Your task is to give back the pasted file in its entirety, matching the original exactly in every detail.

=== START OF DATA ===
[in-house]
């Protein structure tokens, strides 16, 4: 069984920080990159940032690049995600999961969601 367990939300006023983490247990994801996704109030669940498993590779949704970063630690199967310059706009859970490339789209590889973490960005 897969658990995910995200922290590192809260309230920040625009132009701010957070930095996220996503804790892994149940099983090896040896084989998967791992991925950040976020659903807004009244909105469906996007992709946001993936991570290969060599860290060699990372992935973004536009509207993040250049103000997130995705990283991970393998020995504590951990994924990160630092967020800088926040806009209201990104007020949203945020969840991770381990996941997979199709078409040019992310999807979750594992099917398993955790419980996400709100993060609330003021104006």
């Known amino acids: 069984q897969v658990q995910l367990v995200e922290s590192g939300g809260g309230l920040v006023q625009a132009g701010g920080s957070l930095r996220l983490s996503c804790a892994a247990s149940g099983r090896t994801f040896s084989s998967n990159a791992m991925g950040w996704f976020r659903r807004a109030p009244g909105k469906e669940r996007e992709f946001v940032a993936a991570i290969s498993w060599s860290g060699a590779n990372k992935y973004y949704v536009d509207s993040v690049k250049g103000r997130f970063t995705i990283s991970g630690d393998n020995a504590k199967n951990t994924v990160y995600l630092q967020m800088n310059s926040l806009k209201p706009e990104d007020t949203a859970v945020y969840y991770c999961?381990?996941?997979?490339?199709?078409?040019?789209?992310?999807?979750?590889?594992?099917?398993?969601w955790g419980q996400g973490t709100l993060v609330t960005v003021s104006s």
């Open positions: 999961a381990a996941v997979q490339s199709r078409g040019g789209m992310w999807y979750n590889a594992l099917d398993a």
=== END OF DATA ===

[in-house]
């Protein structure tokens, strides 16, 4: 069984920080990159940032690049995600999961969601 367990939300006023983490247990994801996704109030669940498993590779949704970063630690199967310059706009859970490339789209590889973490960005 897969658990995910995200922290590192809260309230920040625009132009701010957070930095996220996503804790892994149940099983090896040896084989998967791992991925950040976020659903807004009244909105469906996007992709946001993936991570290969060599860290060699990372992935973004536009509207993040250049103000997130995705990283991970393998020995504590951990994924990160630092967020800088926040806009209201990104007020949203945020969840991770381990996941997979199709078409040019992310999807979750594992099917398993955790419980996400709100993060609330003021104006």
């Known amino acids: 069984q897969v658990q995910l367990v995200e922290s590192g939300g809260g309230l920040v006023q625009a132009g701010g920080s957070l930095r996220l983490s996503c804790a892994a247990s149940g099983r090896t994801f040896s084989s998967n990159a791992m991925g950040w996704f976020r659903r807004a109030p009244g909105k469906e669940r996007e992709f946001v940032a993936a991570i290969s498993w060599s860290g060699a590779n990372k992935y973004y949704v536009d509207s993040v690049k250049g103000r997130f970063t995705i990283s991970g630690d393998n020995a504590k199967n951990t994924v990160y995600l630092q967020m800088n310059s926040l806009k209201p706009e990104d007020t949203a859970v945020y969840y991770c999961?381990?996941?997979?490339?199709?078409?040019?789209?992310?999807?979750?590889?594992?099917?398993?969601w955790g419980q996400g973490t709100l993060v609330t960005v003021s104006s």
């Open positions: 999961a381990a996941v997979q490339s199709r078409g040019g789209m992310w999807y979750n590889a594992l099917d398993a």